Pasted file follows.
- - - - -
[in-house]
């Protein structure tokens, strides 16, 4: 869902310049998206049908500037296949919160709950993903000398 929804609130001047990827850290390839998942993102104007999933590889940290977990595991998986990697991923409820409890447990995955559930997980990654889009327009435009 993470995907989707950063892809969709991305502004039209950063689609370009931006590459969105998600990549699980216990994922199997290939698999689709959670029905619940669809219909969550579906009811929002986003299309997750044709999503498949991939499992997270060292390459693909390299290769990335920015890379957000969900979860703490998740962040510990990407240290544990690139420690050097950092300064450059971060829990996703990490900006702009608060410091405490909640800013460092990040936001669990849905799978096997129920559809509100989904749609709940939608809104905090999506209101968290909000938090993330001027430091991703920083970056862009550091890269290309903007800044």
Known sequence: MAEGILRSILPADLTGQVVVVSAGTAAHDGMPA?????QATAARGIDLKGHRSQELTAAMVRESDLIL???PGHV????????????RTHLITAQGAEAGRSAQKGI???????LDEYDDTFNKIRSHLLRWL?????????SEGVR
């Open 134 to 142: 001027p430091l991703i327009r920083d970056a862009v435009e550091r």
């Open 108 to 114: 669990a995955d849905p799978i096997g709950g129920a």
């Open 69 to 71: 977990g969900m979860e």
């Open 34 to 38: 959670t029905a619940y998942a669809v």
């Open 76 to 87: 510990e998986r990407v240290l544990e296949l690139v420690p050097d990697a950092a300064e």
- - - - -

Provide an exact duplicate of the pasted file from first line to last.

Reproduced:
[in-house]
């Protein structure tokens, strides 16, 4: 869902310049998206049908500037296949919160709950993903000398 929804609130001047990827850290390839998942993102104007999933590889940290977990595991998986990697991923409820409890447990995955559930997980990654889009327009435009 993470995907989707950063892809969709991305502004039209950063689609370009931006590459969105998600990549699980216990994922199997290939698999689709959670029905619940669809219909969550579906009811929002986003299309997750044709999503498949991939499992997270060292390459693909390299290769990335920015890379957000969900979860703490998740962040510990990407240290544990690139420690050097950092300064450059971060829990996703990490900006702009608060410091405490909640800013460092990040936001669990849905799978096997129920559809509100989904749609709940939608809104905090999506209101968290909000938090993330001027430091991703920083970056862009550091890269290309903007800044």
Known sequence: MAEGILRSILPADLTGQVVVVSAGTAAHDGMPA?????QATAARGIDLKGHRSQELTAAMVRESDLIL???PGHV????????????RTHLITAQGAEAGRSAQKGI???????LDEYDDTFNKIRSHLLRWL?????????SEGVR
């Open 134 to 142: 001027p430091l991703i327009r920083d970056a862009v435009e550091r």
């Open 108 to 114: 669990a995955d849905p799978i096997g709950g129920a």
């Open 69 to 71: 977990g969900m979860e």
């Open 34 to 38: 959670t029905a619940y998942a669809v």
């Open 76 to 87: 510990e998986r990407v240290l544990e296949l690139v420690p050097d990697a950092a300064e």